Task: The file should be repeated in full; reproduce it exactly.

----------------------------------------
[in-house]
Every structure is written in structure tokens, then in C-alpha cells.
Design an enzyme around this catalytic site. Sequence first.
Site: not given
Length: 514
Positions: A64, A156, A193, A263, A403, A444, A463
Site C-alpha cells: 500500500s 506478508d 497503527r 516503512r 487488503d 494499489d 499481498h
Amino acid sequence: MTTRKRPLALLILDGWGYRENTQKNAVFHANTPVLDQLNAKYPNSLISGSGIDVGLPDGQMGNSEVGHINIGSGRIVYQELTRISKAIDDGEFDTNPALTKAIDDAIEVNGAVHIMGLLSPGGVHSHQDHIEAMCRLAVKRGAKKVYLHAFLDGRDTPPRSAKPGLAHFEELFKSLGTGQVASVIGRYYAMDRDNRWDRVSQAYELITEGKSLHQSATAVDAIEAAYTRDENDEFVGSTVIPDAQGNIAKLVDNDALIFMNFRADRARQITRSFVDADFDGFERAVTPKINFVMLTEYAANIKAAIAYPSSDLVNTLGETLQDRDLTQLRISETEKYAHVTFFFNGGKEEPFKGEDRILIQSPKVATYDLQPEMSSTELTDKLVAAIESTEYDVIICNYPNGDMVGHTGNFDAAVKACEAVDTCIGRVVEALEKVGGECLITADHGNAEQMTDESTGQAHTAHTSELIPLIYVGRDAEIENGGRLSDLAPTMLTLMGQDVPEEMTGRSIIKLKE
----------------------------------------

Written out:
[in-house]
Every structure is written in structure tokens, then in C-alpha cells.
Design an enzyme around this catalytic site. Sequence first.
Site: not given
Length: 514
Positions: A64, A156, A193, A263, A403, A444, A463
Site C-alpha cells: 500500500s 506478508d 497503527r 516503512r 487488503d 494499489d 499481498h
Amino acid sequence: MTTRKRPLALLILDGWGYRENTQKNAVFHANTPVLDQLNAKYPNSLISGSGIDVGLPDGQMGNSEVGHINIGSGRIVYQELTRISKAIDDGEFDTNPALTKAIDDAIEVNGAVHIMGLLSPGGVHSHQDHIEAMCRLAVKRGAKKVYLHAFLDGRDTPPRSAKPGLAHFEELFKSLGTGQVASVIGRYYAMDRDNRWDRVSQAYELITEGKSLHQSATAVDAIEAAYTRDENDEFVGSTVIPDAQGNIAKLVDNDALIFMNFRADRARQITRSFVDADFDGFERAVTPKINFVMLTEYAANIKAAIAYPSSDLVNTLGETLQDRDLTQLRISETEKYAHVTFFFNGGKEEPFKGEDRILIQSPKVATYDLQPEMSSTELTDKLVAAIESTEYDVIICNYPNGDMVGHTGNFDAAVKACEAVDTCIGRVVEALEKVGGECLITADHGNAEQMTDESTGQAHTAHTSELIPLIYVGRDAEIENGGRLSDLAPTMLTLMGQDVPEEMTGRSIIKLKE